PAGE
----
Monday, May 23, 2005


This is the entire text of an email I just got from a total stranger:

Call out Gouranga be happy!!!
Gouranga Gouranga Gouranga ....
That which brings the highest happiness!!

Sounds like I need to get some of this stuff, huh?

Tuesday, May 17, 2005

Butterscotch Woman

This will be one long post--I don't feel like there's enough here to warrant multiple posts, but I'm bored.

I've been in college off and on (mostly off) for fourteen years now, I guess. I've suffered from a pretty schizoid academic career, though, so not only am I squarely in the middle of the grade scale, I'm also not anywhere close to getting a degree in anything. This is due to my unwillingness to commit to any sort of thing that might be termed a "career," and my love of...things less practical. I've essentially taken lots of history courses and lots of math/chemistry courses, before I realized that I really do hate chemistry. I love math, but it's not terribly practical either, and I find it hard to concentrate on that stuff when I'm working here.

But back then, I was in a chemistry class. It met at night, and one of the people in the class was a woman in her mid-thirties (how close are we to that?), named Mona. Mona had a fit body but a rather rough looking face, far older than the age she presented to me. And, before I get people opining about the beauty standard, I'm only bringing this up because she was very obviously lusting after me.

No, really, that used to happen to me.

Stop it.

But I was 21 or 22, and she was kinda rough lookin' and way older than me, and I just wasn't interested. So the semester progressed, with me trying to stay away from her during breaks and lab periods, and her trying to corner me at those same times.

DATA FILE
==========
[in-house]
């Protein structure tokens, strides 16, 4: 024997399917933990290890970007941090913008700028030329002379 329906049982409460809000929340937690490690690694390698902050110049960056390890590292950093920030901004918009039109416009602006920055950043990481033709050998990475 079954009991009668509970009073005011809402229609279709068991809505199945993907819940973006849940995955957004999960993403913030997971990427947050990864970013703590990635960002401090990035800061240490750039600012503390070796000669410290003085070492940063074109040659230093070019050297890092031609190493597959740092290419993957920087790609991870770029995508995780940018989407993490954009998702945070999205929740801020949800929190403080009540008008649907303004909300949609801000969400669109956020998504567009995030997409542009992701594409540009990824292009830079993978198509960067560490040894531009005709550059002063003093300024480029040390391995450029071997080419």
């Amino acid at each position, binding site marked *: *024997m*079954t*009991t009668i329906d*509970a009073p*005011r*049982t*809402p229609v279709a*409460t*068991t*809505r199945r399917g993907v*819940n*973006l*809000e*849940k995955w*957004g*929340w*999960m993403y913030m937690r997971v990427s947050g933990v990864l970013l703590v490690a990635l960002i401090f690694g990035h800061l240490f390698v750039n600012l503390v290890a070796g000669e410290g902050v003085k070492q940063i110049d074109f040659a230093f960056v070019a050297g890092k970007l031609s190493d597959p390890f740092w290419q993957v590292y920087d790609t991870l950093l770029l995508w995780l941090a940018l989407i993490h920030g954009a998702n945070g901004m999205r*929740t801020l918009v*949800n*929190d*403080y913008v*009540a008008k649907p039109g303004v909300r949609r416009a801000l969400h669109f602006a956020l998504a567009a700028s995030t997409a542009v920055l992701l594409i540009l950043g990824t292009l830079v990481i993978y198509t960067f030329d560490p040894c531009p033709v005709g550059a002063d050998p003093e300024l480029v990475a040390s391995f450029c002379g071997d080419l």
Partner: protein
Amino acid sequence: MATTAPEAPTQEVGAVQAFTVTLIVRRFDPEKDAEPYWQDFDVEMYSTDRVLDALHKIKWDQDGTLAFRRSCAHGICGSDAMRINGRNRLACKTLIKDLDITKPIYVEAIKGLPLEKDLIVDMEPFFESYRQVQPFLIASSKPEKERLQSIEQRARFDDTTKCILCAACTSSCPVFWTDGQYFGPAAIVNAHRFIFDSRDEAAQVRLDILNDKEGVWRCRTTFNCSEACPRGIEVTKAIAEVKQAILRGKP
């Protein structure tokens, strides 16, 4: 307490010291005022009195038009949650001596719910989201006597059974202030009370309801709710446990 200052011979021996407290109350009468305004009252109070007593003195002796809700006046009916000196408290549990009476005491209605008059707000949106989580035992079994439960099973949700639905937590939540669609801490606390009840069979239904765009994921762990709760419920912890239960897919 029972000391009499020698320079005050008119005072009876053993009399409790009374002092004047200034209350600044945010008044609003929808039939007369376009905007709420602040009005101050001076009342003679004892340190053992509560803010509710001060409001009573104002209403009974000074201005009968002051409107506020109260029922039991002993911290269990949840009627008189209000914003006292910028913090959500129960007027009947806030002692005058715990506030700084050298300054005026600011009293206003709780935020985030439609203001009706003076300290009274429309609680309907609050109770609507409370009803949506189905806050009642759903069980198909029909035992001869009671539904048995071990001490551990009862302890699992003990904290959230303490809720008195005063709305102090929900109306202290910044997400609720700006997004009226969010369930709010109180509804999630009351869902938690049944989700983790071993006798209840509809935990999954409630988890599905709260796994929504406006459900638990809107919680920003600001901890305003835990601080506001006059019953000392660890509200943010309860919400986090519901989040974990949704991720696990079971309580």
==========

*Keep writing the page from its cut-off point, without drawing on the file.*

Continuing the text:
Finally, after a night of drinking Cuervo 1800 with a couple of guys from work, I was too tired to dodge. She sneaked up behind me as I was telling someone else the story of the evening before (which involved a woman named Ursula, and is probably more interesting than the one I'm telling you), and after getting my attention and batting her eyes a bit (do you really think that works, ladies?), she put on her pout and asked "how come you didn't invite ME to drink tequila with you?"

I wound up giving her my phone number, mainly because class was about to start and I wanted to get to my desk and get this over with, and forgot all about it.

She called me the following weekend. For some reason I had money, and had spent a chunk of it on good Franziskaner beer and a new Burroughs book. I remember I was lying on the couch with my shirt off, because it was one of the first warm afternoons of the year, and I wanted to enjoy it. The phone rang, I put down my beer and book, and answered. It was Mona.

She wanted me to come to her place and drink tequila. I didn't really want to drink tequila, but I wasn't getting out of it that easy--she had red wine as well. After a bit of...discussion...I agreed to meet her at her place.